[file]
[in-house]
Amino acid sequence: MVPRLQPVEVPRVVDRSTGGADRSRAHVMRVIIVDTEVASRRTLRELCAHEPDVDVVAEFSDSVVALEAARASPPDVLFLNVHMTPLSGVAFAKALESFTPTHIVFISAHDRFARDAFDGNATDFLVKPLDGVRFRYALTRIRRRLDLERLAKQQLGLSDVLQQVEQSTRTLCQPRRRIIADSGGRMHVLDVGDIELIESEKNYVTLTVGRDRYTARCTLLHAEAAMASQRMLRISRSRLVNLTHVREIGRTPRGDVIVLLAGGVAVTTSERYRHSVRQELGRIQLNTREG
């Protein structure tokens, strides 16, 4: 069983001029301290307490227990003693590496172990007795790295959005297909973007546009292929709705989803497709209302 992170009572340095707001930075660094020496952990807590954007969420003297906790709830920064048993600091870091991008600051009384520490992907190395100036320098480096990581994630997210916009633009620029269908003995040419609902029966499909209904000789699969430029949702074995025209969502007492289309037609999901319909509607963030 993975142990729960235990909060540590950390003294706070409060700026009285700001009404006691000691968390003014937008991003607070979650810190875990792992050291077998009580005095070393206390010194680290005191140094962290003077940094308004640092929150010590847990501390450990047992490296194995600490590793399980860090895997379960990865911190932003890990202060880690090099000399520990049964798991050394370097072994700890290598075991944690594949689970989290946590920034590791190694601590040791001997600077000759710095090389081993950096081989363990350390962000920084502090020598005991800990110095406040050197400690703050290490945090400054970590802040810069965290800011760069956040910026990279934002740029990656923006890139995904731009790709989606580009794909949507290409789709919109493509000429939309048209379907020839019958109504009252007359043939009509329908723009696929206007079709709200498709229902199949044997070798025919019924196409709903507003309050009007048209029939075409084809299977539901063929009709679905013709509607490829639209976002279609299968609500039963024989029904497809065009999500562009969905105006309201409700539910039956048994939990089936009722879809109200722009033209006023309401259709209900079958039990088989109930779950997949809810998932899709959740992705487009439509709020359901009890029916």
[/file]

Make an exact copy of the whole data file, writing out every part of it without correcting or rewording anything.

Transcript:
[in-house]
Amino acid sequence: MVPRLQPVEVPRVVDRSTGGADRSRAHVMRVIIVDTEVASRRTLRELCAHEPDVDVVAEFSDSVVALEAARASPPDVLFLNVHMTPLSGVAFAKALESFTPTHIVFISAHDRFARDAFDGNATDFLVKPLDGVRFRYALTRIRRRLDLERLAKQQLGLSDVLQQVEQSTRTLCQPRRRIIADSGGRMHVLDVGDIELIESEKNYVTLTVGRDRYTARCTLLHAEAAMASQRMLRISRSRLVNLTHVREIGRTPRGDVIVLLAGGVAVTTSERYRHSVRQELGRIQLNTREG
């Protein structure tokens, strides 16, 4: 069983001029301290307490227990003693590496172990007795790295959005297909973007546009292929709705989803497709209302 992170009572340095707001930075660094020496952990807590954007969420003297906790709830920064048993600091870091991008600051009384520490992907190395100036320098480096990581994630997210916009633009620029269908003995040419609902029966499909209904000789699969430029949702074995025209969502007492289309037609999901319909509607963030 993975142990729960235990909060540590950390003294706070409060700026009285700001009404006691000691968390003014937008991003607070979650810190875990792992050291077998009580005095070393206390010194680290005191140094962290003077940094308004640092929150010590847990501390450990047992490296194995600490590793399980860090895997379960990865911190932003890990202060880690090099000399520990049964798991050394370097072994700890290598075991944690594949689970989290946590920034590791190694601590040791001997600077000759710095090389081993950096081989363990350390962000920084502090020598005991800990110095406040050197400690703050290490945090400054970590802040810069965290800011760069956040910026990279934002740029990656923006890139995904731009790709989606580009794909949507290409789709919109493509000429939309048209379907020839019958109504009252007359043939009509329908723009696929206007079709709200498709229902199949044997070798025919019924196409709903507003309050009007048209029939075409084809299977539901063929009709679905013709509607490829639209976002279609299968609500039963024989029904497809065009999500562009969905105006309201409700539910039956048994939990089936009722879809109200722009033209006023309401259709209900079958039990088989109930779950997949809810998932899709959740992705487009439509709020359901009890029916």